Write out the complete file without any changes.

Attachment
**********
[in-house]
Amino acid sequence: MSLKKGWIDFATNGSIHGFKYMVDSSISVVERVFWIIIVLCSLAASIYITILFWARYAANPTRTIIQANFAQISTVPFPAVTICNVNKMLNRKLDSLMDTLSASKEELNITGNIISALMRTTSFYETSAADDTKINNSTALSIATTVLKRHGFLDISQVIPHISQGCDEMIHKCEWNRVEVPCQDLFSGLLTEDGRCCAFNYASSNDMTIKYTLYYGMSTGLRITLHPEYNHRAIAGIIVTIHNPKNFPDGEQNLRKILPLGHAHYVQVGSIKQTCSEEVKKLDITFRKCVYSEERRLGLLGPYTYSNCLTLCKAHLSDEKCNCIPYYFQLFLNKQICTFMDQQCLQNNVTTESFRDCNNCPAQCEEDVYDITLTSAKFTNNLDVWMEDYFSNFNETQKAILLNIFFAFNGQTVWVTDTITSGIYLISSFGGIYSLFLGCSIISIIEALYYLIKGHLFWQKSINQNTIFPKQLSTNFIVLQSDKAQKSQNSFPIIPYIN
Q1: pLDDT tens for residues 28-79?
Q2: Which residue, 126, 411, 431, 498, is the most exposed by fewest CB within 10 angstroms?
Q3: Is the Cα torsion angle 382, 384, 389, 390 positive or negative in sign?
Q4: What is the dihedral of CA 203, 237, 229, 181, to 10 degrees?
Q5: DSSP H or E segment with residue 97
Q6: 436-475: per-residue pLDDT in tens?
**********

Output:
[in-house]
Amino acid sequence: MSLKKGWIDFATNGSIHGFKYMVDSSISVVERVFWIIIVLCSLAASIYITILFWARYAANPTRTIIQANFAQISTVPFPAVTICNVNKMLNRKLDSLMDTLSASKEELNITGNIISALMRTTSFYETSAADDTKINNSTALSIATTVLKRHGFLDISQVIPHISQGCDEMIHKCEWNRVEVPCQDLFSGLLTEDGRCCAFNYASSNDMTIKYTLYYGMSTGLRITLHPEYNHRAIAGIIVTIHNPKNFPDGEQNLRKILPLGHAHYVQVGSIKQTCSEEVKKLDITFRKCVYSEERRLGLLGPYTYSNCLTLCKAHLSDEKCNCIPYYFQLFLNKQICTFMDQQCLQNNVTTESFRDCNNCPAQCEEDVYDITLTSAKFTNNLDVWMEDYFSNFNETQKAILLNIFFAFNGQTVWVTDTITSGIYLISSFGGIYSLFLGCSIISIIEALYYLIKGHLFWQKSINQNTIFPKQLSTNFIVLQSDKAQKSQNSFPIIPYIN
Q1: pLDDT tens for residues 28-79?
Q2: Which residue, 126, 411, 431, 498, is the most exposed by fewest CB within 10 angstroms?
Q3: Is the Cα torsion angle 382, 384, 389, 390 positive or negative in sign?
Q4: What is the dihedral of CA 203, 237, 229, 181, to 10 degrees?
Q5: DSSP H or E segment with residue 97
Q6: 436-475: per-residue pLDDT in tens?